1. Minimum Requirements
Material requirements. Under Swiss law, an employment contract is a contract whereby the employee is obliged to perform work in the employer’s service for either a fixed or an indefinite period of time, and the employer is obliged to pay salary either based on time periods or based on the work performed. As any other contract, the employment contract is concluded by a legally binding offer and a corresponding acceptance, i.e. by mutual agreement.
Formal requirements. Except for a few special agreements – such as the apprenticeship contract, the employment contract with a commercial traveller or the employment contract between a commercial staff supplier and an employee (which all require written form) – an employment contract is not subject to any specific form and may even be agreed verbally or by implication.
Where the employment contract has been concluded for an indefinite duration or for longer than one month, within one month of the beginning of the employment relationship, the employer must inform the employee in writing of:
- the names of the contracting parties;
- the date of the beginning of the employment relationship;
- the employee’s function;
- the salary and any additional benefits;
- the length of the working week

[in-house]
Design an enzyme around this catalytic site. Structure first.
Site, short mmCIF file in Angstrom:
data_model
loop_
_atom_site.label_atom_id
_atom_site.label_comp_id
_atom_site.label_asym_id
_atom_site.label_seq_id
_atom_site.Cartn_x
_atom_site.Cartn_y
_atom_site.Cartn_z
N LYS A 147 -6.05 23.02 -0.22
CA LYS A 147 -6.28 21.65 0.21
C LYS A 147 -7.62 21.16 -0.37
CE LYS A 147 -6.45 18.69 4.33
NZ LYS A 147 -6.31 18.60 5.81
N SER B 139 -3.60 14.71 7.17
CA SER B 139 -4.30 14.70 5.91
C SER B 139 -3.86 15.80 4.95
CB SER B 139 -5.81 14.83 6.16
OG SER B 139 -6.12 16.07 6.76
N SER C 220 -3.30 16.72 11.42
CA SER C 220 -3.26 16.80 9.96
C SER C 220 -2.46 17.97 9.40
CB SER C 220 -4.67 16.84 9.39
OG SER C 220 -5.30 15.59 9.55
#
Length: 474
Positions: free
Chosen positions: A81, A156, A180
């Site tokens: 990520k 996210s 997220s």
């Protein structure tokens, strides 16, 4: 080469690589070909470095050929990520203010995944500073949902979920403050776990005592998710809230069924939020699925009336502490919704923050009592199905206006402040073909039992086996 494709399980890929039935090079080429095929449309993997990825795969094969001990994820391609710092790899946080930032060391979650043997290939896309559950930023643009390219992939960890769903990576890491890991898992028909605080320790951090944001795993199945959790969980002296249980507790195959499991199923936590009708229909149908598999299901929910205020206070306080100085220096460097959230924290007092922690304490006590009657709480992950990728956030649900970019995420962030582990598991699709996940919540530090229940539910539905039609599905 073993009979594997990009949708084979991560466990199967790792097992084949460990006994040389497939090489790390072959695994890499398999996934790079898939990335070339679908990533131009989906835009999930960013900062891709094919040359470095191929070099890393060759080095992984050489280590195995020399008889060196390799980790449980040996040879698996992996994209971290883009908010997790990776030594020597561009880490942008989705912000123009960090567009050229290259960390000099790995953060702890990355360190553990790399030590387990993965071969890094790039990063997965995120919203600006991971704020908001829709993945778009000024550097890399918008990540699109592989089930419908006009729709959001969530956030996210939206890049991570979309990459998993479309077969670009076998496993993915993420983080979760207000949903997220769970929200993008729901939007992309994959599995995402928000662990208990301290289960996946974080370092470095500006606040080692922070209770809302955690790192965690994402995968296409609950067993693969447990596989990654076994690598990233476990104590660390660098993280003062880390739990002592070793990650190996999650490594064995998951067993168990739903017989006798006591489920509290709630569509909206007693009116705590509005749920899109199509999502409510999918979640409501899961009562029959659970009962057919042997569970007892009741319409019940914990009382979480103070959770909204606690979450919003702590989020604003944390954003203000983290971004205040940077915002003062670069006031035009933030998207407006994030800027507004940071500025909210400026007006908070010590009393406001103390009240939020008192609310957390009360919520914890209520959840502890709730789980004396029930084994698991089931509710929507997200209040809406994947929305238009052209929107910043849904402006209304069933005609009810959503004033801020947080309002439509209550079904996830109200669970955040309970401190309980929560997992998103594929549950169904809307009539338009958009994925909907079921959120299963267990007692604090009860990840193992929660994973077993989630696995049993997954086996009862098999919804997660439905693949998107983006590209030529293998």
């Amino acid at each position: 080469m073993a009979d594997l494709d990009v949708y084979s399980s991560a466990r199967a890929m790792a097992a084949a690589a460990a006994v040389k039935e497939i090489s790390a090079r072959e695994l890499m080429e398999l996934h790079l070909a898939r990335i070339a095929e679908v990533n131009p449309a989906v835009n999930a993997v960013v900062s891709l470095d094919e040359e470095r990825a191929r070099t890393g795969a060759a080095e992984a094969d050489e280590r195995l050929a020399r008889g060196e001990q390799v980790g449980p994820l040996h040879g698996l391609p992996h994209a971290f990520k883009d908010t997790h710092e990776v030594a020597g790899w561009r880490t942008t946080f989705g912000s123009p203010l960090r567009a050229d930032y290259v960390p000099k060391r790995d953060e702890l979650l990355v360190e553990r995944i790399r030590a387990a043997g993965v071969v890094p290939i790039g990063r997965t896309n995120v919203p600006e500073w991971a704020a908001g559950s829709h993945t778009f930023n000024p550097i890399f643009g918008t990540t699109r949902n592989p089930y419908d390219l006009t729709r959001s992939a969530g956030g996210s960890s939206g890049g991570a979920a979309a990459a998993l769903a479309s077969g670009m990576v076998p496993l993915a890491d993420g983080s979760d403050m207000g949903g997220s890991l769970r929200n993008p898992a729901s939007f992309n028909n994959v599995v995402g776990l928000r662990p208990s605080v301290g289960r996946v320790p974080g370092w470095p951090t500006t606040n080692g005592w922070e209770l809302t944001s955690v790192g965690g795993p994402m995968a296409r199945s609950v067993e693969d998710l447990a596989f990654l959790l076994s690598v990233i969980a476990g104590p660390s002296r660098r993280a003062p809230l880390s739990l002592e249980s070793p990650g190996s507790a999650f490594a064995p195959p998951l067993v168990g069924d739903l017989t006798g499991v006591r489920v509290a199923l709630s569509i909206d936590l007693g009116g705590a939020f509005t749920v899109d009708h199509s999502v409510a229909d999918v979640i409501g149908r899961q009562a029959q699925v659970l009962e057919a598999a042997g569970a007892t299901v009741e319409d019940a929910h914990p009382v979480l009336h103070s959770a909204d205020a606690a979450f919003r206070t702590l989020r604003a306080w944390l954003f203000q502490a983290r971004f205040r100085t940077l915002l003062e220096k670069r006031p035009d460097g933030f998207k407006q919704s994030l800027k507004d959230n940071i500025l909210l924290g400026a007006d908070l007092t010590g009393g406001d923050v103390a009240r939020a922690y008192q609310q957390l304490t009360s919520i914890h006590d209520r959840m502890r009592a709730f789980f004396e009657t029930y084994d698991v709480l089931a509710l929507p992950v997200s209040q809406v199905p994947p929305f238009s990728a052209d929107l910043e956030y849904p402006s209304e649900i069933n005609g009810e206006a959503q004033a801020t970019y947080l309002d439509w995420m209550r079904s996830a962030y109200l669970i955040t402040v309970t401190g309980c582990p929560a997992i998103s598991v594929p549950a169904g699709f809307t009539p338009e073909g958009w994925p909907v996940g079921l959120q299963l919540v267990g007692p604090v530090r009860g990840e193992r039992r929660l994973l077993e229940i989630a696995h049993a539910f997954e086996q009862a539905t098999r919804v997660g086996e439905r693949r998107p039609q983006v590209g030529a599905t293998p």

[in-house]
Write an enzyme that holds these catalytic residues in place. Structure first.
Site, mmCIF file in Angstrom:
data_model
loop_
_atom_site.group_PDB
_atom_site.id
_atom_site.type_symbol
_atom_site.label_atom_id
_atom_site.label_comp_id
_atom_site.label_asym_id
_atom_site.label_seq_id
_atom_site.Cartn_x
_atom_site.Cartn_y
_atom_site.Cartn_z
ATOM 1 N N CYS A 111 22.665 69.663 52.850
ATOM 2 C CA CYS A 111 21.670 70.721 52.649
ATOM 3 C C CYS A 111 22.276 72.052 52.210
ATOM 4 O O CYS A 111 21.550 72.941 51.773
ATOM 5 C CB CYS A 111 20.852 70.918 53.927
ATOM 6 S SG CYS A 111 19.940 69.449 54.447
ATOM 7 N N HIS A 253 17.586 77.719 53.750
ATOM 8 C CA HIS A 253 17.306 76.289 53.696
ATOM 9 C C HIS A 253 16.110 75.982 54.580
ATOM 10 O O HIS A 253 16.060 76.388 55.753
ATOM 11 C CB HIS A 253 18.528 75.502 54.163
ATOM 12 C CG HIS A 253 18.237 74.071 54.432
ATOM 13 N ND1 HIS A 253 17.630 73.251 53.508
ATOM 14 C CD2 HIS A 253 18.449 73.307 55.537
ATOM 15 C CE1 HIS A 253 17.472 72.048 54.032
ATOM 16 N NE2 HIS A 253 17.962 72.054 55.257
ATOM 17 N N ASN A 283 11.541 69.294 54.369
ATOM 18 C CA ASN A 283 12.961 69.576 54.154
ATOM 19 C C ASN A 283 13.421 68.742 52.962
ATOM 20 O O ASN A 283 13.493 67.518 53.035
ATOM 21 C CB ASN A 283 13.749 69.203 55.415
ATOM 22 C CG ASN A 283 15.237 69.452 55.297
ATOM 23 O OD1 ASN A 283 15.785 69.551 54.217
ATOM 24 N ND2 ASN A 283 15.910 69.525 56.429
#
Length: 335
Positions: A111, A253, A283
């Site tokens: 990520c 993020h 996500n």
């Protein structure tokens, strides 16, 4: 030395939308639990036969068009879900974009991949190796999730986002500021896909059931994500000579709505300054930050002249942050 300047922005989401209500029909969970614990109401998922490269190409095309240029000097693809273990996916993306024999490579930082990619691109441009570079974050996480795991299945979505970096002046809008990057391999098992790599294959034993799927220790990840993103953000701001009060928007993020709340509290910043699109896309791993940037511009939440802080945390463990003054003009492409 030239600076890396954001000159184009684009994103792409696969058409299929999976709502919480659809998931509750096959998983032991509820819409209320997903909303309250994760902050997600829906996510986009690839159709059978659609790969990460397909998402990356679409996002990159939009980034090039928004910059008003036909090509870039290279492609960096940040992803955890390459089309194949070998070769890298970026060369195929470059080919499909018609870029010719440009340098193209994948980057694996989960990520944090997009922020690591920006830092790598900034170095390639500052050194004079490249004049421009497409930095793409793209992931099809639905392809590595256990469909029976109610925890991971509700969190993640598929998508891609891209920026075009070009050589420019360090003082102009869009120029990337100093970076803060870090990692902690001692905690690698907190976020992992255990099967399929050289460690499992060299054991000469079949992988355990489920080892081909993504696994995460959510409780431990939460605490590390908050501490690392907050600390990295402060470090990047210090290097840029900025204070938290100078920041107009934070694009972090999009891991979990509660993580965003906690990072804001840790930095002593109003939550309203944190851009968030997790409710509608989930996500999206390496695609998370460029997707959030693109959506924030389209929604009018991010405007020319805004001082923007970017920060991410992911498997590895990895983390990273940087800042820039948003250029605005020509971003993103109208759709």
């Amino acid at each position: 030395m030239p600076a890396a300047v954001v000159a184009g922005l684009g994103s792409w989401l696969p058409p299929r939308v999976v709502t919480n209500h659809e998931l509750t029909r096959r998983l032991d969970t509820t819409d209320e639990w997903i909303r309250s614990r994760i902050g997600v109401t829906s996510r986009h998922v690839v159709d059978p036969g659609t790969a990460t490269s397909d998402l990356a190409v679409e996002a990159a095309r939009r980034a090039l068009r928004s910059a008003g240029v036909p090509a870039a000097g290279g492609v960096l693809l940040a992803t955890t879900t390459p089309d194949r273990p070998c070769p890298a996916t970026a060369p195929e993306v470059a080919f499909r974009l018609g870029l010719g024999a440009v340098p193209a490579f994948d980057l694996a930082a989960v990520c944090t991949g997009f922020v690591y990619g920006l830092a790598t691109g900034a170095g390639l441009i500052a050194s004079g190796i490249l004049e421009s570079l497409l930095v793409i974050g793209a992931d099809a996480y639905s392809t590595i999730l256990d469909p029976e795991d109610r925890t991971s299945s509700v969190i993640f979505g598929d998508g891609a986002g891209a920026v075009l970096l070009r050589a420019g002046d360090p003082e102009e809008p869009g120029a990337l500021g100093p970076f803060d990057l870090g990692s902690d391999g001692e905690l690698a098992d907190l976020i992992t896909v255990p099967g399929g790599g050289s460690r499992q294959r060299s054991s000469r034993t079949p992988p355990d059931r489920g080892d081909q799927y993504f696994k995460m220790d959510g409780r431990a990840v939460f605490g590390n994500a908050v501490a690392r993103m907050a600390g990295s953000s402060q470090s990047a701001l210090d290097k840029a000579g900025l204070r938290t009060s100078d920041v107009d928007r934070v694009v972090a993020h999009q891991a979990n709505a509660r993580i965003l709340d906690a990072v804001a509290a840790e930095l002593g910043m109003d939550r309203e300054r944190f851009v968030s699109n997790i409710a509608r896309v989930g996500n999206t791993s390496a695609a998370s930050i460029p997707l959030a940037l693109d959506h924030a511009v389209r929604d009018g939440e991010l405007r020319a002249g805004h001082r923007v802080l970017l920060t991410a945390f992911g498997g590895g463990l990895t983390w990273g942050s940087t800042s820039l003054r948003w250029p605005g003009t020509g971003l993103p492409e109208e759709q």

2. Fixed-term / Open-ended Contracts
The parties are free to enter into an unlimited or a fixed-term contract. The sequence of several fixed-term contracts between the same parties may, however, be regarded as circumvention of the employee’s protection against dismissal (if there is no objective reason for such sequence). In this case, the employment contract is considered to be unlimited.
3. Trial Period
During the trial period, either party may terminate the contract at any time by giving seven days’ notice; the trial period is, by statutory law, considered to be the first month of an employment
relationship. Different terms, including the waiver of a trial period, may be envisaged by individual agreement, standard employment contract or collective employment contract; however, the probation period may not exceed three months.
4. Notice Period
Ordinary termination. Any employment contract concluded for an indefinite period of time may be unilaterally terminated by both employer and employee, subject to statutory notice periods ranging from one to three months, depending upon the length of service (during the trial period of a maximum of three months, the employment relationship may be terminated with a notice period of seven days). These notice periods may generally be altered by mutual consent, provided that they are the same for both employer and employee.
Extraordinary termination. Both employers and employees have a right to terminate the employment contract immediately and without notice for cause, regardless of whether or not the contract was concluded for an indefinite period of time and regardless of any statutory notice periods, which would apply to an ordinary termination.